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Futures Go Negative on Weak Economic Signs

Stock index futures slipped after higher readings in weekly jobless claims and inflationpointed to more headwinds for the economic recovery.

The government reported that 473,000 workers filed claims for unemployment insurance last week, well above the 445,000 expected, while consumer prices in January spiked 1.4 percent—0.3 percent with volatile energy and food prices stripped out. Both inflation readings were higher than economists had forecast.

Futures, which had been flat ahead of the reports, quickly sold off and demand for Treasurys increased and the dollar weakened against the yen.

At the same time, mostly positive earnings reports failed to stoke investor confidence.

Wal-Mart Stores reported profit of $1.17 a share that, though higher than analyst estimates, disappointed investors with weaker than expected revenueand a cautious outlook. Shares fell about 2 percent in premarket trading.

Also in earnings, Goodyear Tire posted results that beat Wall Street expectations, sending its shares up about 4 percent, while Hormel also reported a higher profit.

In company news, US regulators have denied approval to XenoPort and GlaxoSmithKline for a drug to treat restless leg syndrome. Tests found a potential link to cancer found in rats. XenoPort shares tumbled 62 percent on the news.

Technology shares were faring somewhat better.

Dow component Hewlett-Packard was up 1 percent premarket after it beat estimates with its latest earnings reported after the bell Wednesday and raised its guidance for the year. Semiconductor equipment maker Applied Materialsalso beat estimates and raised guidance and its shares also gained about 1 percent.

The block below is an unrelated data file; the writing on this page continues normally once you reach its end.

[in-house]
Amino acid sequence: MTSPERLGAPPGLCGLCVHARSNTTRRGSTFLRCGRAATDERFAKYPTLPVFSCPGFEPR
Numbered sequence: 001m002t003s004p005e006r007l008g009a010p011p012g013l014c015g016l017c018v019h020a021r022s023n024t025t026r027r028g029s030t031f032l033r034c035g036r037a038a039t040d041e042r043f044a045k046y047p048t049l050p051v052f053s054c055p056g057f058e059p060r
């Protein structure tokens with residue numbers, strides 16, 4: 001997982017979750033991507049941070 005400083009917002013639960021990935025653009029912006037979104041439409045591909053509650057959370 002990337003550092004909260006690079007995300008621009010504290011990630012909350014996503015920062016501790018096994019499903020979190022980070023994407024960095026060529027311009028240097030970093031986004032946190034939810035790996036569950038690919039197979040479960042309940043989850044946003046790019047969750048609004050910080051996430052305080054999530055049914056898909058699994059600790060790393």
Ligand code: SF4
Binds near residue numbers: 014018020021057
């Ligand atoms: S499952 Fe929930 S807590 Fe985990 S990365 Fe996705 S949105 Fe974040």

Elsewhere in earnings, Barrick Gold said its profit more than doubled due to stronger gold prices, while the company is spinning off its African operations. Shares slipped about 1 percent premarket.

Looking to the economy, the Labor Department releases its weekly report on initial jobless claims at 8:30 am New York time, with economists expecting 445,000 new claims, compared with last week's reading of 440,000.

At the same time, the January Producer Price Index (PPI) will be out, with consensus forecasts calling for a rise of 0.9 percent following a 0.2 percent rise in December. The core rate, which excludes food and energy, is expected to show a gain of 0.1 percent compared to December's unchanged reading.

At 10 am, the widely watched Philadelphia Fed index is out, with a reading of 15.0 expected for February. That's slightly lower than the 15.2 registered in February. Also at 10, the Conference Board issues its index of leading economic indicators for February, with a 0.4 percent rise considered likely following January's 1.1 percent increase.

The Energy Information Administration releases two weekly inventory reports: natural gas at 10:30 am, and crude oil at 11 am. The oil report was delayed a day by the President's Day holiday.

Gold prices may also be active, as the International Monetary Funded announces plans to sell its remaining gold.

- Written by Peter Schacknow, Senior Producer, CNBC Breaking News Desk.